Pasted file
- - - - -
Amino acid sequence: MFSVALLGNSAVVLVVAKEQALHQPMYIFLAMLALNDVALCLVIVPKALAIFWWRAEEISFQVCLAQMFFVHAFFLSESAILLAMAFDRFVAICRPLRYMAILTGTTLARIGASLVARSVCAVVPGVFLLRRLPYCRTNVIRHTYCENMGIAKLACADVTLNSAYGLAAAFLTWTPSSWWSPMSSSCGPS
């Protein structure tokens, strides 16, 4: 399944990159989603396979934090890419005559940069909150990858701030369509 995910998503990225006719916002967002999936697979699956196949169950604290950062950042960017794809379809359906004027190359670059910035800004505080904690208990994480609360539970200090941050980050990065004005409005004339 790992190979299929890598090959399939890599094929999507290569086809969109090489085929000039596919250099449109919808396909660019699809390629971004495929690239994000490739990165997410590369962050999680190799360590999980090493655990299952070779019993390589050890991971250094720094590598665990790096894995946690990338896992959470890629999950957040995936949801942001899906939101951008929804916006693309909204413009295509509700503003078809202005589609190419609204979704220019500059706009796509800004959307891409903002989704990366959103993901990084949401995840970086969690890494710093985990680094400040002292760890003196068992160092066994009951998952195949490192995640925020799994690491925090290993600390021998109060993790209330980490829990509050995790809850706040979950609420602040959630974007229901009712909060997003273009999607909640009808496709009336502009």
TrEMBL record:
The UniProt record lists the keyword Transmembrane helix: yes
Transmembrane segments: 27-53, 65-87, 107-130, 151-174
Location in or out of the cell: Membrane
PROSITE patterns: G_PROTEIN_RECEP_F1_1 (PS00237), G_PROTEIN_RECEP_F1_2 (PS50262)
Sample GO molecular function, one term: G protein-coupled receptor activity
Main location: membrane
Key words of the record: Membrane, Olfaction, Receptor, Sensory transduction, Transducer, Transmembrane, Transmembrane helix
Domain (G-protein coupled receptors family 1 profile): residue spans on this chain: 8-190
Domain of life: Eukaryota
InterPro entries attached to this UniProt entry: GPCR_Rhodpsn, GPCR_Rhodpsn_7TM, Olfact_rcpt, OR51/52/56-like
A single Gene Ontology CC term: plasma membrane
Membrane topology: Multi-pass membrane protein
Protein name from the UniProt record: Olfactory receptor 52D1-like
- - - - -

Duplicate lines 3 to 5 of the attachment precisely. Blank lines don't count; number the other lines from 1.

TrEMBL record:
The UniProt record lists the keyword Transmembrane helix: yes
Transmembrane segments: 27-53, 65-87, 107-130, 151-174